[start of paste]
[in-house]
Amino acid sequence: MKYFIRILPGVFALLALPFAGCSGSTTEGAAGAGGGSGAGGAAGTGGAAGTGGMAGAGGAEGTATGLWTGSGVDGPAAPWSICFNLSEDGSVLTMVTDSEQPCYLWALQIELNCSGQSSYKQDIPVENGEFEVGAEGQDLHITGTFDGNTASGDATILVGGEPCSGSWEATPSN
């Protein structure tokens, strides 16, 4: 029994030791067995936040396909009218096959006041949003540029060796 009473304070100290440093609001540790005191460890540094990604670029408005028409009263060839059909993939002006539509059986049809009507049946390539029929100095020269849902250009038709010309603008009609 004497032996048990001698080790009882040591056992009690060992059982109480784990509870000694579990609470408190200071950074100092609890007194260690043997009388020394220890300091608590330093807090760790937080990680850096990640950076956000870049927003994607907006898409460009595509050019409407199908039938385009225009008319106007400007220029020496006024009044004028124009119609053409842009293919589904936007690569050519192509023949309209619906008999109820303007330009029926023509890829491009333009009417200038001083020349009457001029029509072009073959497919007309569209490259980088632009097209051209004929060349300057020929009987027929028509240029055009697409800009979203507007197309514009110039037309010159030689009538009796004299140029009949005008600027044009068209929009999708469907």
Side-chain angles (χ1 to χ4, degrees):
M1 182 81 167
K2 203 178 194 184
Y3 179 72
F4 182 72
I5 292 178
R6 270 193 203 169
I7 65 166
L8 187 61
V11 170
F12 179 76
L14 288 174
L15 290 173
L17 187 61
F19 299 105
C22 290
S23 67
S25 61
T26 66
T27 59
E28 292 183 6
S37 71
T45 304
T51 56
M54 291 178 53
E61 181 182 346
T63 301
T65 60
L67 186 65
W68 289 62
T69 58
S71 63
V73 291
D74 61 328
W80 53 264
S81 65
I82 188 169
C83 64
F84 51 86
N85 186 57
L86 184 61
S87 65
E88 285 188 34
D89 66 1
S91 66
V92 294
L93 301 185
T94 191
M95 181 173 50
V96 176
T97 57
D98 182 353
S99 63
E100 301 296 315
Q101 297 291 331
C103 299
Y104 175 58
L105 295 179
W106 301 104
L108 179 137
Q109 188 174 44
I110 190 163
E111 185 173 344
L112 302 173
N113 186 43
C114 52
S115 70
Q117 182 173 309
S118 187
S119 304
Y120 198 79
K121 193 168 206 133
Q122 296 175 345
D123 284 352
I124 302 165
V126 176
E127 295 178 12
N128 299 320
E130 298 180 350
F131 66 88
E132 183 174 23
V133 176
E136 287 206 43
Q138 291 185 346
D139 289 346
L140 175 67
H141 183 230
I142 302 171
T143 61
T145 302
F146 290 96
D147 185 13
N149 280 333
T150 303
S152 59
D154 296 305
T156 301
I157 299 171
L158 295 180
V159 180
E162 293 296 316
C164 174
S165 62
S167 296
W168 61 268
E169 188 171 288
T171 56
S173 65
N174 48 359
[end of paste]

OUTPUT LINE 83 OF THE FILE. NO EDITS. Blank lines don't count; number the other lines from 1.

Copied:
F131 66 88